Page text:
“Serbian is bi-alphabetical (it uses both Latin and Cyrillic scripts) so depending on the particular task, it might be no problem at all, [or] it might be tricky.”

Potential solutions


This isn’t to say that these languages are being completely left behind. Luckily, there are some tech giants and research groups that operate in non-English languages. Dr. Popovic explains that,

“The best-supported language is Czech -- a strong research group has already been working for many years on several NLP aspects such as syntax and parsing, POS tagging, machine translation.”


Russian, as well, is being increasingly supported in recent years. This is thanks, in large part, to investment in R&D by Russian search giant Yandex. North Eastern European languages, like the Baltic tongues, have also received some attention from the AI community in recent years from universities and Tilde -- an organisation working to enable multilingual communication in tech innovation. There’s a potential solution to the unique challenge with bi-alphabetical languages like Serbian, too. Serbian is quite similar to Croatian, so combining data from the two languages in an appropriate way has proven to be very helpful with training AI. This can be said for other less represented languages as well.

Another potential solution is for governments to start taking action. As Sarah al-Hussaini points out:

“Government action can play a key role in democratising AI. First, government funding can promote research and development of technologies in national languages. For example, grants, subsidies, and tax benefits can be given to companies that use and / or create applied AI using natural language.”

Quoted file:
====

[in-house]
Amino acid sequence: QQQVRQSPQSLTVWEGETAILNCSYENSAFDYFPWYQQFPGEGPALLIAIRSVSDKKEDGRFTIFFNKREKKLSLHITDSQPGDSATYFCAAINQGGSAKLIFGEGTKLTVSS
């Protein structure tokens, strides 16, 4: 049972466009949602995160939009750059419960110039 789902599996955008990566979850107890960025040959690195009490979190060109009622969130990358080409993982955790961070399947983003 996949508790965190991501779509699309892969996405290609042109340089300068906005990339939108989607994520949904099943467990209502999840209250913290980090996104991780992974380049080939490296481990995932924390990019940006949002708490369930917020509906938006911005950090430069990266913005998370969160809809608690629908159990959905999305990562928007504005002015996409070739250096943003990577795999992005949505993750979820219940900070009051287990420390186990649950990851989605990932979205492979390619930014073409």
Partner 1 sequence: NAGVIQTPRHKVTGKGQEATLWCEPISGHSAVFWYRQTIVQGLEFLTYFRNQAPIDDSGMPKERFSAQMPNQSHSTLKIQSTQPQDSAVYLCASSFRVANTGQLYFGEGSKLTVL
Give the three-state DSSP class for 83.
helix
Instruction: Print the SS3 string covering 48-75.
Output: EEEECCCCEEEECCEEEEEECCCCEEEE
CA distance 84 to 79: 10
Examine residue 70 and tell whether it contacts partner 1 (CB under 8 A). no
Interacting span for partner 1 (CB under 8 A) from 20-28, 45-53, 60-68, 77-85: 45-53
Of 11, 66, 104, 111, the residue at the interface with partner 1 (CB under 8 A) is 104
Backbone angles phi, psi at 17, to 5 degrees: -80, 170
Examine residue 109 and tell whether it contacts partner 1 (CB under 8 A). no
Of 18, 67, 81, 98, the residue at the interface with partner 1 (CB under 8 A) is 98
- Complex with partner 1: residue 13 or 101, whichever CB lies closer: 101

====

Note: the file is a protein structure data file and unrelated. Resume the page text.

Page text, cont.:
Sarah has another potential solution, too: governments can also assist in the collection of large databases in non-English speaking markets, which can be made publicly accessible. The effect of reducing the obstacles of AI technology development could be crucial in closing the innovation gap between English and non-English NLU and AI technologies.

Looking beyond Europe


Though we’ve focused on Eastern European languages in this article, that is not to say they are the least represented languages in the world of AI. No, as Dr. Popovic states, compared to many African languages, these languages at least have a seat at the table. The more complex the language, and the fewer native speakers there are working in the tech industry, the more of these challenges it will face.

Finally, no article on investment in AI R&D in complex languages would be complete without at least touching on China. The Asian superpower, you see, dwarfs the US in terms of non-military AI R&D spending, at 5.7 billion USD, compared to the US’ 1 billion USD. As such, it probably goes without saying that Mandarin and Cantonese are well supported in the NLP community. Indeed, there are even organisations that have been set up to support Asian languages in general, amongst the NLP community. So no, the investment in AI has not been spread evenly across linguistic boundaries -- nowhere near. But with a dash of government regulation, a slice of creative linguistic training, and a splash of R&D investment by non-English tech stars, we can get closer to democratising the NLP landscape.

This way, one day, everyone -- no matter their mother tongue -- will be able to enjoy and benefit from the power of AI.


About our experts

Sarah Al-Hussaini is COO at ultimate.ai.

Dr Maja Popovic is a post-doctoral researcher at ADAPT Centre in Dublin City. Maja is specialised in doing research on Natural Language Understanding & Processing. The Computer Scientist worked for the German AI Research Center (DFKI) and Humboldt University Berlin before she continued her research in Dublin.